ASTORY, possibly apocryphal, but revealing all the same, is told of British Prime Minister Margaret Thatcher in the days of her pomp. Could you ever imagine her being addressed by all and sundry as Maggie, as Premier Blair is called Tony, apparently in concordance with his wishes? While on that, cou
ASTORY, possibly apocryphal, but revealing all the same, is told of British Prime Minister Margaret Thatcher in the days of her pomp. Could you ever imagine her being addressed by all and sundry as Maggie, as Premier Blair is called Tony, apparently in concordance with his wishes? While on that, could you, in your funniest dream, imagine approaching our leader and calling him Yowie, or even Yoweri? The mind boggles!
Personally I am completely against this â€œTonyâ€ business. At any rate Mrs Thatcher had invited her most senior cabinet ministers to supper at a restaurant not far from the Houses of Parliament. She was, as was her wont, the only woman at the table, a dress among the suits â€“ she never in her long rein elevated another woman to full cabinet status. When her party was brought the menus she chose a well-done fillet steak. The waiter hovered. â€œAnd what about the vegetables Maâ€™am?â€ he intoned. â€œThe vegetables,â€ she responded firmly, â€œwill have the same!â€ And they did. It is a terrific story, if true and even if not. For it illustrates in full colour her total domination of her cabinet (It is also essentially British, with the men under her perhaps too embarrassed to â€œtalk backâ€ to a woman, their boss moreover). In this, Baroness Thatcher â€“ as she became â€“ was a throwback to the queenly Victoria â€“ although perhaps even more so.
Our President is as far from being a woman as you could imagine. But he shares with these Amazons an unfailing belief in himself above others. As for example, off the top of my head, did de Gaulle, Kenyatta, Adennhauer, Nehru and Lee Kwan Yu. None was the type to linger overlong agonising with their cabinets. Nor were their egos slender. But was that sufficient excuse for their cabinet ministers to be so suppliant, even subservient? Why on the whole did they, as also our own, not stand their ground and speak their minds openly, where it was called for?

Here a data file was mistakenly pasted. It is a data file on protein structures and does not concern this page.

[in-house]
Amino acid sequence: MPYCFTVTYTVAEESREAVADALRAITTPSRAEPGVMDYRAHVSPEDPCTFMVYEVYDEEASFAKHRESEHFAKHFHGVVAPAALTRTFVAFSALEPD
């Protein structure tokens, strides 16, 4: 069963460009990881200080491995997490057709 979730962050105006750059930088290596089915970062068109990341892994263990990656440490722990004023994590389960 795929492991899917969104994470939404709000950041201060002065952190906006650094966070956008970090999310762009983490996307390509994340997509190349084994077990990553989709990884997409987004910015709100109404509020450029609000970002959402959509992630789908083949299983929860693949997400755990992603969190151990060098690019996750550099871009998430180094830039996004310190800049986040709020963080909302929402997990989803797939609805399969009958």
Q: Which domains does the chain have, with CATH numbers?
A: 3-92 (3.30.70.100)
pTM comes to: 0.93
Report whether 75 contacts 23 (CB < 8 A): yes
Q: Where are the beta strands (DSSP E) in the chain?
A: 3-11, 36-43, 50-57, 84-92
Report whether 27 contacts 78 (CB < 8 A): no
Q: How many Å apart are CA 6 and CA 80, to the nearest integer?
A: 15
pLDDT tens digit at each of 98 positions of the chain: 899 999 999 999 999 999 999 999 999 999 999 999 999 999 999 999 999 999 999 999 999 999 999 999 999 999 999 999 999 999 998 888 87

Thinking Ugandans will pray that the cabinet Museveni appoints following next weekâ€™s elections will have collective fire in its belly, along with some steel in its spine. Why not? It wonâ€™t be the first time a united and passionate cabinet sees the President yield graciously after a protracted struggle on an important governance issue. A proud moment for all concerned: Cabinet, the President and, not least, Uganda. Like Oliver Twist, we want more!
When on Monday morning I awoke to the news that the Museveni convoy had been fired at I went numb. It was not that he is irreplaceable â€“ no person on earth is that. Also remember it was long said of the husband whose widow is today giving us so much innocent merriment in the current elections. And look what happened to him! My utter horror on Monday arose out of thinking of the bare cupboard left were Museveni to be missing from it. Didnâ€™t you? Where, factually, was the person to adequately replace Museveni?
Hopefully, leading from the current elections, more, and more effective, candidates, will take part next time. We can only pray. I sometimes receive despairing cries from some who feel that the Movement Dream died along the way. I disagree, without being blind to mistakes made, for humanity is not perfect. Also, because running this frustrating, still deeply divided country of ours, which we love and take pride in, is far from a picnic, even with the best of intentions.
But it is threadbare logic to say that change for changeâ€™s sake is better than nothing, even if the change should be for the worse. More, it seems to equate running a country to a childâ€™s game of Snakes and Ladders (kama mbaya, mbaya, if bad comes, bad!), for with that chancy approach we would inexorably be led back to forgotten hells.
Let even those who support change now, reflect in soberness what it would have meant if Museveni had been nailed at the weekend. You might ask, Should change therefore never come? Of course it must. But not just anyhow. Not by random selection! To that end, let the coming elections, only five days off, be a rehearsal for March 2011. Let everyone of us start to work on unearthing a more impressive Opposition then than we see today. We deserve it.
Sunday I went to my Buloba farm: I share pig raising with Dr Besigye. The sun smote from a pitiless sky and the cows, including the smallest ones on their first uncertain steps to the paddocks, seemed encased in gloom. Would it ever rain again? And then! That night, hunched over my computer, I heard a startling sound. The frogs were croaking. In a cacophony of song, a dreadful din! Baganda, perhaps just Budonians of Kingâ€™s College Budo, say of a bad singer, â€œEkikere kyamusamba emimiro!â€ (The frog kicked his tonsils!) I thought: these frogs have heard the glory of the coming of the rain! Sending their flat-tyre voices to their Maker.
Let us also sing with these Godâ€™s creatures â€“ after voting correctly on 23 February. On a comical note: Tuesdayâ€™s Monitor, with the bantam Mwenda, spun a fancy tale of the Movementâ€™s over 100% victory in a past election. Last week Monitor carried out a Kampala mayoral poll. In four cases the totals were: 100.3%, and three 100%. No â€œnot yet decidedâ€ or â€œwill not sayâ€! To end on a wholly tragic event. People were killed at a Mengo Lukiiko political rally. Let those responsible be swiftly charged. Happy Free Elections!
Happy free elections!